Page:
Quoting unnamed US officials, The New York Times reported a couple of weeks ago that "more than 70 American military advisers and technical specialists are already working in Pakistan to help its armed forces battle militants in the lawless tribal areas, but the United States would like to expand the effort". The officials complained that the Pakistani authorities were resisting such an expansion. Contrary to some perceptions, that’s a relatively healthy sign: in the postwar era, almost every country thus "favoured" by the US has had to pay a heavy price in terms of internal strife.
Hillary Clinton, unlike her predecessors at the State Department, has at least been willing to publicly acknowledge that the conditions obtaining in Pakistan (and Afghanistan) today were spawned, to a large extent, by the US-sponsored jihad against the Soviet occupation of Kabul. It would perhaps be too much to expect the appropriate conclusions to be drawn from this partial acceptance of responsibility: namely that American interference in foreign lands, based on hegemonistic interests, invariably produces toxic consequences.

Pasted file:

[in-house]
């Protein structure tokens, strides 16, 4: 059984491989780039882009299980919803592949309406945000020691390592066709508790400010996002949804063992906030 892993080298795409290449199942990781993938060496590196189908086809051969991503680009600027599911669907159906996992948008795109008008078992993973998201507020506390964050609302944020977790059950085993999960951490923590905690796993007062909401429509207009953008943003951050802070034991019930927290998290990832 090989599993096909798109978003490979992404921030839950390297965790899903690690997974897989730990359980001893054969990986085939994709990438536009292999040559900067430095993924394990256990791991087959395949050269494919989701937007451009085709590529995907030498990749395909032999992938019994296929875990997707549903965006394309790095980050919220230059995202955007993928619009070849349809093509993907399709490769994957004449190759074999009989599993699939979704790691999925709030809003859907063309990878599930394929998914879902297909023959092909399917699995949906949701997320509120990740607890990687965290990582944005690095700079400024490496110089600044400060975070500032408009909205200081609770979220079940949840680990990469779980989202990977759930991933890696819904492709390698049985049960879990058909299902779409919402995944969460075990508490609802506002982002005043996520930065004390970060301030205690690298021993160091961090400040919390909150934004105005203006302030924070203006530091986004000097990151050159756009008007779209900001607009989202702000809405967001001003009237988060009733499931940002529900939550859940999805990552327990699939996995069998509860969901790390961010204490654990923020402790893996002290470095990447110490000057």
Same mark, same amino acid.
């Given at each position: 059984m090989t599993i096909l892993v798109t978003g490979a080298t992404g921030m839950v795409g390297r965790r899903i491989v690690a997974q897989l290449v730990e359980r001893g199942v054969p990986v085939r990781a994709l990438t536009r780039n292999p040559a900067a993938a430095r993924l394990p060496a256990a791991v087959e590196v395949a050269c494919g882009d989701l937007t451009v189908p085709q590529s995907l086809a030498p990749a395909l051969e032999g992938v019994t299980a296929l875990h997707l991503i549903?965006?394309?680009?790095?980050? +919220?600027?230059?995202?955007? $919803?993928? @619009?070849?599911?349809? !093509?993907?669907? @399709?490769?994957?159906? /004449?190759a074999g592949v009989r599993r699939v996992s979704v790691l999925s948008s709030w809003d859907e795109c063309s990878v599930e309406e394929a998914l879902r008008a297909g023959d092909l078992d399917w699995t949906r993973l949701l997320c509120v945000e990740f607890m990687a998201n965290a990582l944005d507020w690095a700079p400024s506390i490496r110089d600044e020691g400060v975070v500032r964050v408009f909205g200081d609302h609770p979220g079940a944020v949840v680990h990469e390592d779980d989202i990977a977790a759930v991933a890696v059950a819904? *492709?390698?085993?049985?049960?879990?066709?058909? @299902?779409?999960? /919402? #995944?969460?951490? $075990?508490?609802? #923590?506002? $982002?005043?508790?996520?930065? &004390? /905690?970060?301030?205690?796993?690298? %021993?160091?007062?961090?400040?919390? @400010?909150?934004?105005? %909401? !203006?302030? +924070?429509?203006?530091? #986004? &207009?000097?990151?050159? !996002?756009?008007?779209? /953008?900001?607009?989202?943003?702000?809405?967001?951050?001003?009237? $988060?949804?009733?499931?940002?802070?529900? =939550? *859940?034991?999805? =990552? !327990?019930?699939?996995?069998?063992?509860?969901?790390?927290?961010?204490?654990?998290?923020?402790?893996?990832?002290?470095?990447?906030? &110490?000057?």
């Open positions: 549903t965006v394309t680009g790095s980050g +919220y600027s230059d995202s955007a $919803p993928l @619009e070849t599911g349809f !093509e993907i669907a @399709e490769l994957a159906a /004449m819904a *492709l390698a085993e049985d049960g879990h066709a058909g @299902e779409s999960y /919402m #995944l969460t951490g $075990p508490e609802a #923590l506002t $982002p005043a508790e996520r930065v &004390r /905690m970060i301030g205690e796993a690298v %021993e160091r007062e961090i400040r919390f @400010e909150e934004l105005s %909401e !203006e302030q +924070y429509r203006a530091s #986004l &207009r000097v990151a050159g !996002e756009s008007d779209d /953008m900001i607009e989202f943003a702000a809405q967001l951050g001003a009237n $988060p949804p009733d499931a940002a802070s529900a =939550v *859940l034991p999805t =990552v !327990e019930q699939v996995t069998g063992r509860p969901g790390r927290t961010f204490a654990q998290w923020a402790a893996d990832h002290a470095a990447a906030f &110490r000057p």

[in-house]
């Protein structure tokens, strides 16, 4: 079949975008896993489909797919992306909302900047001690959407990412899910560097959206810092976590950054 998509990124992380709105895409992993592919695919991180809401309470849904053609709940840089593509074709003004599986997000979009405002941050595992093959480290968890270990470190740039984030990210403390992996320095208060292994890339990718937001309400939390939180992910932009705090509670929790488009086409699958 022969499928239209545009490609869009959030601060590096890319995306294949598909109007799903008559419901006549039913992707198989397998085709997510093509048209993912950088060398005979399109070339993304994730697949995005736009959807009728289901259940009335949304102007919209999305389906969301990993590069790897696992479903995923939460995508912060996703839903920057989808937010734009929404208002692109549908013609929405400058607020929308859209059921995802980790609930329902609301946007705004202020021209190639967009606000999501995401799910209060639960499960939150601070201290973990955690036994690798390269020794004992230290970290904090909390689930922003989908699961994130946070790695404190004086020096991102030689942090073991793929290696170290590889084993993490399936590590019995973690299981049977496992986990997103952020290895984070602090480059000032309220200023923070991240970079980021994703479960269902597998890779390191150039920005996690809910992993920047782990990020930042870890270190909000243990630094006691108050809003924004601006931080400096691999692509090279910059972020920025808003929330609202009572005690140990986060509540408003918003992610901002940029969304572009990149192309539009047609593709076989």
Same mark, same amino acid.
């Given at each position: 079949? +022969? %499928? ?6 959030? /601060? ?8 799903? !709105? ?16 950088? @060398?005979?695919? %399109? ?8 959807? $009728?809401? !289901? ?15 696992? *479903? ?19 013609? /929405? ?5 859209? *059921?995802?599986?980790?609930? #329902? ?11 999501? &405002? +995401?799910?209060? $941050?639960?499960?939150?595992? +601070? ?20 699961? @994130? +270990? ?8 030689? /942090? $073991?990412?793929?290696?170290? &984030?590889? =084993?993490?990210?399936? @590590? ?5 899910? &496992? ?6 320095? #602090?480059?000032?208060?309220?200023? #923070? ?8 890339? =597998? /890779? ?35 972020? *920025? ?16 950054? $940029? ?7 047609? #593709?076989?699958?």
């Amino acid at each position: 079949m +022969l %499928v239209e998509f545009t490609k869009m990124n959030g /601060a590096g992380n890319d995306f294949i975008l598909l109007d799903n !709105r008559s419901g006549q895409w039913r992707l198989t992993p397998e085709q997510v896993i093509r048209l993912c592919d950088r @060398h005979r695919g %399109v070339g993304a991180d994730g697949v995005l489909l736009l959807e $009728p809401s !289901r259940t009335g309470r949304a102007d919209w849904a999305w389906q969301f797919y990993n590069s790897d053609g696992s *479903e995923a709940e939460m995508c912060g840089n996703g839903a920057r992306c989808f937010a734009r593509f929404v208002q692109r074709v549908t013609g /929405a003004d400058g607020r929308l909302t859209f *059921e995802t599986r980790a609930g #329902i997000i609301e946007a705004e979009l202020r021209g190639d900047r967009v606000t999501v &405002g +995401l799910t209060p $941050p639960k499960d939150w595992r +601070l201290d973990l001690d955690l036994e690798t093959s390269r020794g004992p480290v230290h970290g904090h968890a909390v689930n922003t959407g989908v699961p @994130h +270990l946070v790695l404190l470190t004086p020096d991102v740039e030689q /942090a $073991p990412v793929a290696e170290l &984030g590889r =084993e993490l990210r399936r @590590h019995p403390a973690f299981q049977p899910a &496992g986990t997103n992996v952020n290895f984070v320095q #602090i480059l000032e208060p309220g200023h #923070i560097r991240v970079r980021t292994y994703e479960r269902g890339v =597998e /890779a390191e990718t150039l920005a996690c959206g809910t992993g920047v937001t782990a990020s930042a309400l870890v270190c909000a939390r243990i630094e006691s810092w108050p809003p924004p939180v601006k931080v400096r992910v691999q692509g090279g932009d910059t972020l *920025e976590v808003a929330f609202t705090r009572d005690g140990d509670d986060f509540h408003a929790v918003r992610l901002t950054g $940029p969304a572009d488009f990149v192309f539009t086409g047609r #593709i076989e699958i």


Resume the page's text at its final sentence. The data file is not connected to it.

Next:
Primary responsibility for Pakistan’s plight nonetheless rests with the nation’s own political and military establishments, and the battle for Swat is something of a litmus test for both. There are reports, however, that in the face of the state’s inability to cope with the flood of refugees, the task of providing relief to the newly homeless has been taken up, among others, by the Jamaat-i-Islami and the supposedly proscribed Jamaat-ud-Dawa – a salient reminder that even if the battle is won, the war may still be lost.